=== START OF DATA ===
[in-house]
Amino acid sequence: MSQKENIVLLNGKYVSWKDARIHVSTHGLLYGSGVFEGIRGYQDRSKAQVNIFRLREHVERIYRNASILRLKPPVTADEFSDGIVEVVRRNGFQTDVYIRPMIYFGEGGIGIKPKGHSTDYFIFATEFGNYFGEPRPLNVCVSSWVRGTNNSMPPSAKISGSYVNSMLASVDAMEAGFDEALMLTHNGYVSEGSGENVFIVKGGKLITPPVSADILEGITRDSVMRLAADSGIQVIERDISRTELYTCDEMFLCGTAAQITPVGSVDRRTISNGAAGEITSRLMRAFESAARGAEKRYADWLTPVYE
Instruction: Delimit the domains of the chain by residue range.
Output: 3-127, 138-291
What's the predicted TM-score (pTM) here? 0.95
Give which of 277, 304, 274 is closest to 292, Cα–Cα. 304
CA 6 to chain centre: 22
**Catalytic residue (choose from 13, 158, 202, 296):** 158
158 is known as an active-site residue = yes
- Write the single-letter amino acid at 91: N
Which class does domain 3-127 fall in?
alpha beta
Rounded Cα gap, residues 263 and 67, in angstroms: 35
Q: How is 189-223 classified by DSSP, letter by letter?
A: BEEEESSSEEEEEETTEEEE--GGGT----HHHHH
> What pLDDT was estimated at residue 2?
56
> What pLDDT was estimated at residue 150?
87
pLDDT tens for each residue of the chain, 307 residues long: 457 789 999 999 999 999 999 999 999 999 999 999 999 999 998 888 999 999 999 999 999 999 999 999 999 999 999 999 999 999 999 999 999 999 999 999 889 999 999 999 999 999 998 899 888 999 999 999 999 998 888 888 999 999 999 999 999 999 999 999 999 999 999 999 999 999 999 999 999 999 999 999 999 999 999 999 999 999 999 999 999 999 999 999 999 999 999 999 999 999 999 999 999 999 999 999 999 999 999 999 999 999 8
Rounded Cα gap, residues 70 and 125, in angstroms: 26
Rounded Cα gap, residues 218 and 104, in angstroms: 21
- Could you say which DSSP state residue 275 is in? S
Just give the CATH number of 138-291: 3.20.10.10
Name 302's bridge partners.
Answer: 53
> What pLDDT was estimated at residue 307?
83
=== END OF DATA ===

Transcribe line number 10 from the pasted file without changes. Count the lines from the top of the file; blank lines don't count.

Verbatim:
- Write the single-letter amino acid at 91: N